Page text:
No offense Edouard but the fact that the quercetin-consuming mice lived 10% shorter lives is helpful information. Of course you’ve got to analyze this in terms of the dose and what the dose equivalent in people would be – but I don’t think that’s a good thing to decrease lifespan. At the least if means there’s a limit beyond which more harm than good is done – like most ‘medicines’. Again, we’re tilting at windmill’s each statistical increase in lifespan in mice may have nothing to do with increasing human lifespan. The most important think I think is to realize the a living thing is not just a collection of genes. Yes, there are something like twenty-something thousand proteins, and then with alternate reading frames and differential splicing we might double that number, but there are hundreds of thousands of enhancer regions, and dozens (at least estimates range into the millions) of histone codons, there is the heirarchical organization of the interphase nucleus influencing gene regulation, There is a four dimensional structure to a life – you are not given a collection of genes – those genes are exposed in a partcular order as development proceeds – you become an embryo, a fetus, a neonate, a baby, a todler – and ending with, late middle age, early old age, middle old age, old old age – death) the entire scenario that you are born with – that you act out  throughout your lives.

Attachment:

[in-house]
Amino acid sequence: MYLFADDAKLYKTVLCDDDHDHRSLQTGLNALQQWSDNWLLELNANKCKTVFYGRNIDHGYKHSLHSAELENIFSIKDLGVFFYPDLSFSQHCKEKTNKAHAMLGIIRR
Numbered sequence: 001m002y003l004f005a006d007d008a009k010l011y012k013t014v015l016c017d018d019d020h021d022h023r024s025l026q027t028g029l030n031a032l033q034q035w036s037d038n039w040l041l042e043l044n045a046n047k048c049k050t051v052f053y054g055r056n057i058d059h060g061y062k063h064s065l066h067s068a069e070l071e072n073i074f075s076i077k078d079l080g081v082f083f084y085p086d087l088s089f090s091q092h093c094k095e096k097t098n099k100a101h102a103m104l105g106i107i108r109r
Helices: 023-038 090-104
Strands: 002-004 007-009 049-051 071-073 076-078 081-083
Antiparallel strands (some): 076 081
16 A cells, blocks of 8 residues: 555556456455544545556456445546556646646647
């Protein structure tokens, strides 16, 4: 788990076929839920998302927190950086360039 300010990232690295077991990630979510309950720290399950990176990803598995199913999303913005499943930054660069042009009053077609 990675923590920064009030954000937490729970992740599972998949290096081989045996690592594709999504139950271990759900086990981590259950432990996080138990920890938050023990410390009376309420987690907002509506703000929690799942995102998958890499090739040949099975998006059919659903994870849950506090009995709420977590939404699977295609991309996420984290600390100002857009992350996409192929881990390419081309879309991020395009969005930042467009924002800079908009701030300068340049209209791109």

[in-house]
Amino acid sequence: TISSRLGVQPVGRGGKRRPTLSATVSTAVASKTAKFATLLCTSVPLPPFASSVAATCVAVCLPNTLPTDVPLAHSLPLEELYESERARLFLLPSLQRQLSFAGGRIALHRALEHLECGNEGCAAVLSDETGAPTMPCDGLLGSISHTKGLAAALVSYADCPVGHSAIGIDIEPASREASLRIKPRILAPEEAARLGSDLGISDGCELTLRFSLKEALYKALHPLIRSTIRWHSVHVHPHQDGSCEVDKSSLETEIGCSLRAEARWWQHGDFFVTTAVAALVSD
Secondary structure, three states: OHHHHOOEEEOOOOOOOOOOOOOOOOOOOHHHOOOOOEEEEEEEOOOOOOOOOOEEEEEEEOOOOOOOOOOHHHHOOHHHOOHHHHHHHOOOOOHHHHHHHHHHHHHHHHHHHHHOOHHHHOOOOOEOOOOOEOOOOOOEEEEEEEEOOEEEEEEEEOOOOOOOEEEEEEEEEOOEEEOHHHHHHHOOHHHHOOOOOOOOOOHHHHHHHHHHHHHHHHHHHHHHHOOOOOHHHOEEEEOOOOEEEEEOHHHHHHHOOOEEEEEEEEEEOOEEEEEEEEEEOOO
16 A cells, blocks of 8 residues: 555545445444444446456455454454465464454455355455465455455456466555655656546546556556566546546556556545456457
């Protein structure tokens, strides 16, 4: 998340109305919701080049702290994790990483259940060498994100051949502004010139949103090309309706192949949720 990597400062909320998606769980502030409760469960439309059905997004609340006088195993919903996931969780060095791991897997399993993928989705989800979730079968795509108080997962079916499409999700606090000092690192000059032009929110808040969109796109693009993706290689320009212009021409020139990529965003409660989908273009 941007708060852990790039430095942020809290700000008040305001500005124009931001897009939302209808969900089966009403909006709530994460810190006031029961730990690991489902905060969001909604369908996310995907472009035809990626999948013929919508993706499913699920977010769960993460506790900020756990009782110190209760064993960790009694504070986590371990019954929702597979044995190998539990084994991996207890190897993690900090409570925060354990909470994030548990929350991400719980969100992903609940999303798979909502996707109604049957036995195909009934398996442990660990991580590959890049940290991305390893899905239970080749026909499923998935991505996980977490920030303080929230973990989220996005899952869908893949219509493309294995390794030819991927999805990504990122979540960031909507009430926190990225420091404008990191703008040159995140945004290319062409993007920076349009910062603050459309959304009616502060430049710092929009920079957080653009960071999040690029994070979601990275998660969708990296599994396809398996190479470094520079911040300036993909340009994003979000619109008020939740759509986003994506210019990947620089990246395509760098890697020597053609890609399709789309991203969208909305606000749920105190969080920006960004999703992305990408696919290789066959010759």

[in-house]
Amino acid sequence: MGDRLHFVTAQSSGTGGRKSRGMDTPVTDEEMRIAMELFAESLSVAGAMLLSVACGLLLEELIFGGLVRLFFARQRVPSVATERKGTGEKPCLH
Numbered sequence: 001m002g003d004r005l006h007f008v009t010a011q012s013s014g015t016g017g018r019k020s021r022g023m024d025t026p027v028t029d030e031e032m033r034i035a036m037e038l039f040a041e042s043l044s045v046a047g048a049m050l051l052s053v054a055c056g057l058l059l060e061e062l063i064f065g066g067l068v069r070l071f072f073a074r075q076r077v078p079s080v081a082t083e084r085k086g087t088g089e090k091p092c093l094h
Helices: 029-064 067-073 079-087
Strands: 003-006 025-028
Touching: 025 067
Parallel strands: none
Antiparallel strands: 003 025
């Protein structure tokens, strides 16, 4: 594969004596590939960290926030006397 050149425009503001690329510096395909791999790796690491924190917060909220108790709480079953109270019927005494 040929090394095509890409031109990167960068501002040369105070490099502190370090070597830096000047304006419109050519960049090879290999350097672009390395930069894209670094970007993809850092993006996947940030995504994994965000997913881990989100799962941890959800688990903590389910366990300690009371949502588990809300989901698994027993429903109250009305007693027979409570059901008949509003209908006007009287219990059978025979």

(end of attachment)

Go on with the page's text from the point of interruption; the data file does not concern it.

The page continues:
I think the bacterial virus T4 most influenced me – it played out its life like a lighted fuse – transcription starting at the 5′ end of the organism and traveling towards the 3′ end. At the 5′ end are all the “early” genes (early early, middle early and late early) that chew apart the host DNA substitute their own sigma factors to direct the host RNA polymerase to viral DNA- and at the 3′-end is the lysozyme gene whose product will lyse the bacterial cell wall (all of this has been taking place in a bacterium), releasing all the progeny.  Now our lives have many more choices – (T4 has none, bacteriophage lambda can choose to be lytic or become a dormant part of the host DNA) – but I think the basic plan is the same – a four dimensional progression. Even when we look at the progression of hemoglobins during development we see the different hemoglobin genes are linearly arrange in the order they appear in the embryo/fetus/newborn.